Friday, December 7, 2012

Evolving in a sea of microbes

2012 was the year of the microbiome, the set of bacteria, viruses and fungi living in our noses, mouths and guts. It made national news in June when the Human Microbiome Project first reported on what the bug mix looks like on and in a typical, healthy American.

New understanding of our microbial communities is laying the foundation for advances in the treatment of infectious, autoimmune and inflammatory diseases, including the process by which inflammation contributes to cancer.

For these reasons the UAB Comprehensive Cancer Center chose "cancer and the microbiome" as the theme for its recent research retreat, and The Mix interviewed retreat presenters for a podcast series.

Today's guest is George Weinstock, Ph.D., professor of Genetics at the Washington University School of Medicine.  We talked about his leadership role in genomics revolution, including his contribution to the design of both the Human Genome Project and the Human Microbiome Project.


Show notes for the podcast

1:12 Our world has been dominated by microorganisms for three billion years. All life then involved in this sea of microbes, and humans are no exception.

1:45  Having evolved in a world awash with microbes, the human body is colonized by specific sets of them that provide us with hundreds of times more functions than our own genes can't deliver. Human cells, for instance, have borrowed signalling pathways from microbes that help us digest our food, protect us from being infection, etc.

2:39 Insects have microbiomes too, they they are much simpler than ours. One related theory is that our immune system is more sophisticated because it had to learn to safely handle the many bugs we "invited" to help us digest our food. Taking the idea a step further, some experts think the immune system’s ability to repel unwelcome invaders might represent a lucky, evolutionary after-effect of its more ancient role — managing a stable of helpful bacteria.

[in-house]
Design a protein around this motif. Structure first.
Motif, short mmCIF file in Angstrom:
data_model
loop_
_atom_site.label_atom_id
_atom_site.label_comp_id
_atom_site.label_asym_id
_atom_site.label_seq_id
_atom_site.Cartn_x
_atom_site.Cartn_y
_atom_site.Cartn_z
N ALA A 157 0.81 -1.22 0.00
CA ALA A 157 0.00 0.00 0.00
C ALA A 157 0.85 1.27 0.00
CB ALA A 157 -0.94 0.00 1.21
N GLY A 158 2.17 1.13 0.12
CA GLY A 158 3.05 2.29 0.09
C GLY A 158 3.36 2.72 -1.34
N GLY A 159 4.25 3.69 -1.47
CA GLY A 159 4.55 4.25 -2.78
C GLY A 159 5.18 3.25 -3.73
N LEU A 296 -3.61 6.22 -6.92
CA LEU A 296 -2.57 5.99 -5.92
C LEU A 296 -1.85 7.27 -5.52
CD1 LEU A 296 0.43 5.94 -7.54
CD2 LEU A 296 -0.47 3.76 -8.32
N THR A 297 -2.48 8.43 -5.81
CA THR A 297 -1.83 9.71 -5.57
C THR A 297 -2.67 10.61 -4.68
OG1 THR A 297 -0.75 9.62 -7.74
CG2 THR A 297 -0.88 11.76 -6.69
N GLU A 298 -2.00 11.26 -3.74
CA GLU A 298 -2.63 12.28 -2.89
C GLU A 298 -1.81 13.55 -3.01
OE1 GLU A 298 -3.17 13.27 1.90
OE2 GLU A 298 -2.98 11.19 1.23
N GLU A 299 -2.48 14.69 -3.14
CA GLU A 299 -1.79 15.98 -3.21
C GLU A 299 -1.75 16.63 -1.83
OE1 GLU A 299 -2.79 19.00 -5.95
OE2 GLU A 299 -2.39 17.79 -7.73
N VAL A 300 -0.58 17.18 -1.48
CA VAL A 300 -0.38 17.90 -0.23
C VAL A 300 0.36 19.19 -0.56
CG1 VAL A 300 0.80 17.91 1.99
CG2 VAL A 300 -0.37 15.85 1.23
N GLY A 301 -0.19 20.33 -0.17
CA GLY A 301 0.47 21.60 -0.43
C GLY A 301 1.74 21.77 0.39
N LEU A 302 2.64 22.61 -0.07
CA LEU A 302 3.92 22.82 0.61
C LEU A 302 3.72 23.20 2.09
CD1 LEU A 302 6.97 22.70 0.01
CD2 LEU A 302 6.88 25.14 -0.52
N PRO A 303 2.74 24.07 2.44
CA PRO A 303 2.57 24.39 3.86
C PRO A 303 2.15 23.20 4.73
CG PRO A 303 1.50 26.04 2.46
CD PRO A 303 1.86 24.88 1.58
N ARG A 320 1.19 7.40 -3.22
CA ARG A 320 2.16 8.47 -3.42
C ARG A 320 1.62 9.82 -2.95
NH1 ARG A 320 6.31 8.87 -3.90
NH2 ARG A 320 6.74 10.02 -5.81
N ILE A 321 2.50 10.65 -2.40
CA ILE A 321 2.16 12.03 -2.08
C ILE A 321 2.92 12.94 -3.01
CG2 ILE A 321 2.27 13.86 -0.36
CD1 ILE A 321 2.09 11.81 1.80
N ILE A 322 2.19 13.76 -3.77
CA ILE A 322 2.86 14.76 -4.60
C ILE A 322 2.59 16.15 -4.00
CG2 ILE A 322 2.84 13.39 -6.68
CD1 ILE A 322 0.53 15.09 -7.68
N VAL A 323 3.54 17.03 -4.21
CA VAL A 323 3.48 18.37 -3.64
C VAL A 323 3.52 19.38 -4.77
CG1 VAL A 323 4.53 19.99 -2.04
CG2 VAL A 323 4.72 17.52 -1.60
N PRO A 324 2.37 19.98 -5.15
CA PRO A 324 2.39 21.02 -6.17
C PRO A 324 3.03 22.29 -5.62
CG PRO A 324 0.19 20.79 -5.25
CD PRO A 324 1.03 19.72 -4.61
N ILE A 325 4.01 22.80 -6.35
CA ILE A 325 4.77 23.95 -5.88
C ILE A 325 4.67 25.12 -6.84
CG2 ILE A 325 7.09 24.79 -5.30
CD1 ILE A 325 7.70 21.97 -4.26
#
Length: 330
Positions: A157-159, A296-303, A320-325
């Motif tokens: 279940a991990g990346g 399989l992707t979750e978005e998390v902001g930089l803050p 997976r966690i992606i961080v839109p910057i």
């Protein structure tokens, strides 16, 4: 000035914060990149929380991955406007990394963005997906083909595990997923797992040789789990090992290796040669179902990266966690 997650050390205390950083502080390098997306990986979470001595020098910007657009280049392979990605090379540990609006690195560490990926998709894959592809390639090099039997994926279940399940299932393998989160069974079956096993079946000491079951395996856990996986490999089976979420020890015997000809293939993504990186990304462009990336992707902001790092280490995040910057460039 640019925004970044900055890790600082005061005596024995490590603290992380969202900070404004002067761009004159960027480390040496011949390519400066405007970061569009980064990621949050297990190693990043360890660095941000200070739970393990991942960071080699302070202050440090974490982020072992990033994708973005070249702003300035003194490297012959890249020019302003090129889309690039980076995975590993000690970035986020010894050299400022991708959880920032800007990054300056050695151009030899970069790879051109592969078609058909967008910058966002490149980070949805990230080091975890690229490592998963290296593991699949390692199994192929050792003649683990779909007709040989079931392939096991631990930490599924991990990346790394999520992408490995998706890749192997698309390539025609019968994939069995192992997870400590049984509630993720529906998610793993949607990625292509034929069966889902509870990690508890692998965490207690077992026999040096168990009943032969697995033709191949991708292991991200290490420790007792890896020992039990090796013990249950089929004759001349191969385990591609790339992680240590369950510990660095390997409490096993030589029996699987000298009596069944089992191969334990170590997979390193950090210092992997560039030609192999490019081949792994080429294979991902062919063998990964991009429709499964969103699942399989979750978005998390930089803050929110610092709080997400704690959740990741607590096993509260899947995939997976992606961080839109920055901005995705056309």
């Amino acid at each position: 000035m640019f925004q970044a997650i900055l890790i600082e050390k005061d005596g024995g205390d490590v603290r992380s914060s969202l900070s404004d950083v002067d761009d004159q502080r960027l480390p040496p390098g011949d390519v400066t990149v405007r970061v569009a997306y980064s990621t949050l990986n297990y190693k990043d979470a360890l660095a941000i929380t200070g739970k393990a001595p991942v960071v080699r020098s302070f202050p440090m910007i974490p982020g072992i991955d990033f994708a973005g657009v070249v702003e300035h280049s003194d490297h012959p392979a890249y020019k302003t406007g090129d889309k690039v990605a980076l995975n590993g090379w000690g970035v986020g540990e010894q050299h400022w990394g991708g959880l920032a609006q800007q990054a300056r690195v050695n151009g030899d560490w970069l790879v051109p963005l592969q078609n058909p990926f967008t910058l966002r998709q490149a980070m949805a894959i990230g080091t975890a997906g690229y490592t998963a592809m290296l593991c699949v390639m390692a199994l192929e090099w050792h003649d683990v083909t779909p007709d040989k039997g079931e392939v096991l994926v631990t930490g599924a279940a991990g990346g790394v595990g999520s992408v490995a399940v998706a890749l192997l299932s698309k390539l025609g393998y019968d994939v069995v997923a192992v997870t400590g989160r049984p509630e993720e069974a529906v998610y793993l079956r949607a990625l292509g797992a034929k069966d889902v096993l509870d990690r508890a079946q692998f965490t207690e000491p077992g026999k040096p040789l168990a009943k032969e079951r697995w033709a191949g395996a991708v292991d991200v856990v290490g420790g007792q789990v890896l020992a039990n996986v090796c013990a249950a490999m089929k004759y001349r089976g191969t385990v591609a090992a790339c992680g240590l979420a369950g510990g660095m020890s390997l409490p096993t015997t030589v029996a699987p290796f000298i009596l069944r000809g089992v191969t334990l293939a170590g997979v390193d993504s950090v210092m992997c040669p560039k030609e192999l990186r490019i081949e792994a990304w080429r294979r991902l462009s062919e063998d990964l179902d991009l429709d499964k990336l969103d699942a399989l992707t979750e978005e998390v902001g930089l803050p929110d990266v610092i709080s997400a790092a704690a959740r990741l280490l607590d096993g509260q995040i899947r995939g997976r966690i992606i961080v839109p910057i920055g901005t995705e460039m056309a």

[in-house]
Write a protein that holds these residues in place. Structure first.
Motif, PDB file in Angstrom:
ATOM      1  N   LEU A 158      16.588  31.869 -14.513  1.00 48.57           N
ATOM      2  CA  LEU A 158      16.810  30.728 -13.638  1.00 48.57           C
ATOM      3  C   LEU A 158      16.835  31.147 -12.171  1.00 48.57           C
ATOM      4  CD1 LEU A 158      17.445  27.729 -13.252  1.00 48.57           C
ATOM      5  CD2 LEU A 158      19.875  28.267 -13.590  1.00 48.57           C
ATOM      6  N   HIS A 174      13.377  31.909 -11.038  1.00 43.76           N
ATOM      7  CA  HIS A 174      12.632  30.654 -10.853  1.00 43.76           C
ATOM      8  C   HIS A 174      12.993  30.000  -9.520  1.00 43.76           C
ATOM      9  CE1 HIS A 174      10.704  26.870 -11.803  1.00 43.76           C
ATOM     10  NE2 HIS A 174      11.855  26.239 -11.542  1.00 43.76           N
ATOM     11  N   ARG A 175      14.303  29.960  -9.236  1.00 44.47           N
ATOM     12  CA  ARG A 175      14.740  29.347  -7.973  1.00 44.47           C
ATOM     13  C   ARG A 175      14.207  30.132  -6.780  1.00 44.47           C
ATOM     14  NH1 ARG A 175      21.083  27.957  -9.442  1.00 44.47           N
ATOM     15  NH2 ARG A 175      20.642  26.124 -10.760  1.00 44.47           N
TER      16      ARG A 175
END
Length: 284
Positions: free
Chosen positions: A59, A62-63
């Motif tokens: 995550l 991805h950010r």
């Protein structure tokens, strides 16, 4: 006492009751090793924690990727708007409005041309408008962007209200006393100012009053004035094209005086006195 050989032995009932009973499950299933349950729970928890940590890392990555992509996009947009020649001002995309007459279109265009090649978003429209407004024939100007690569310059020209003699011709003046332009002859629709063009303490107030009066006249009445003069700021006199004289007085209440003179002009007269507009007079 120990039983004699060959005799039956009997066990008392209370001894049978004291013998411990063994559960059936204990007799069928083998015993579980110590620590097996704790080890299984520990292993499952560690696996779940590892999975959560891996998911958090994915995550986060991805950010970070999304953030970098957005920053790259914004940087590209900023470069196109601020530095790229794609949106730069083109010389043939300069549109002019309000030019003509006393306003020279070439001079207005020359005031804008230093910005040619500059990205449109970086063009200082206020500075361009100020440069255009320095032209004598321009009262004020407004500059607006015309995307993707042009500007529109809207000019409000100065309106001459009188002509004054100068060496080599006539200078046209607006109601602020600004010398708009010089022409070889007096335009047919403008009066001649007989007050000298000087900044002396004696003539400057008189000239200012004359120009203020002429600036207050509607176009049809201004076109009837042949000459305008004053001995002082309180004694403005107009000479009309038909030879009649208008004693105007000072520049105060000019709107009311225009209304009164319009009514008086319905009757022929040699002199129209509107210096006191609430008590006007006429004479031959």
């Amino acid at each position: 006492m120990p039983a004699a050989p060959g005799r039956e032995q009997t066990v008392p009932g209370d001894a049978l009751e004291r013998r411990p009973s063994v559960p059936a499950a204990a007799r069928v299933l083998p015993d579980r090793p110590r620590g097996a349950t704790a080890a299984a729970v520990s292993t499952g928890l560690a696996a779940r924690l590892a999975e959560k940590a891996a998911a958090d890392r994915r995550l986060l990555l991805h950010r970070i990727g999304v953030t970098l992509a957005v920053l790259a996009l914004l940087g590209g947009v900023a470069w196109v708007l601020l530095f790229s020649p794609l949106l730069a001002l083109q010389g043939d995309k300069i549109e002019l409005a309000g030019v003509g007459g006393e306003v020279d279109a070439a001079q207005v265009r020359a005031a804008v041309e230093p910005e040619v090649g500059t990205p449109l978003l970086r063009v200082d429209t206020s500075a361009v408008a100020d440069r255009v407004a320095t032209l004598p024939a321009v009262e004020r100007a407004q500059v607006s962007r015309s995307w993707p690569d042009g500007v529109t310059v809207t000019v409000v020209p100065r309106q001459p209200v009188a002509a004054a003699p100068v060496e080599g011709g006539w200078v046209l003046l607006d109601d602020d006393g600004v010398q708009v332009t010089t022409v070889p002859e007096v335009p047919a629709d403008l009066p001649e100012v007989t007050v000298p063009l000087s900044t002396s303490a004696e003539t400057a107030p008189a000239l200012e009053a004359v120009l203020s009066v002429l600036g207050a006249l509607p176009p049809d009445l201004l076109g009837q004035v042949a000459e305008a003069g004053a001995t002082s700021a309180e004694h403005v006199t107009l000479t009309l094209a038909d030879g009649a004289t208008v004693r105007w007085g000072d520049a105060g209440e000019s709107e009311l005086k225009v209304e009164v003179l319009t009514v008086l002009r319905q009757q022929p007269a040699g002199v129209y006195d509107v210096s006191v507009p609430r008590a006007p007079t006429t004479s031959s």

3:58 At the heart of Weinstock's decades-long career is DNA sequencing, the technology that enables researchers to determine the order of DNA coding units as a step toward understanding the function of each DNA snippet. The same methods were used to do this for 25 years, but then in 2006 new methods matured that made possible to vastly accelerate the pace of sequencing.  Weinstock's lab can now do in a day what it once took years to do.  For instance, his team can determine the sequence of several human genomes in a day, each requiring the analysis of 3 billion units of code.

6:06 The new high-speed technologies have made possible massive undertakings in genomics, including the 1,000 Genomes ProjectThe ENCODE project and the Human Microbiome Project.

7:06 Weinstock is among the pioneers that helped to launch the Humane Genome Project, which ran from 1998 to 2003 and offered the first estimate of the 20,000 or so genes present in the human blueprint. Before that project, he was among the very first to sequence a genome from any creature, in his case the bacteria responsible for causing syphilis.

9:36 Weinstock also helped to organize the Human Microbiome Project, which this summer published a series of reports in Nature and several Public Library of Science journals that revised the understanding of how microbes drive either health or disease. Researchers from 80 institutions spent five years collecting and sequencing samples from 242 healthy volunteers.

11:07 Bugs don't colonize humans one by one, but instead as part of large, complex communities.  They interact so thoroughly with each other and our cells that they must be analyzed together. Newly available technologies made it possible to analyze the genes of thousands of organisms at once, and the National Institutes of Health decided to invest heavily. The goal is to quickly advance the understanding this huge aspect of human health driven by our microbes. The NIH funded several genome centers to sequence bacterial genomes, with Weinstock's lab among them.

11:34 Beyond just looking at bacteria, the project funded a number of clinical researchers to study how each person's microbiome affects everything from acne to urinary tract infections to the risk for inflammatory disease in premature babies to cancer.

12:28  While the NIH did not think the project would instantly cure diseases (the genomics are too complex), they did hope to understand how you study the microbiome and what resources would be required. 

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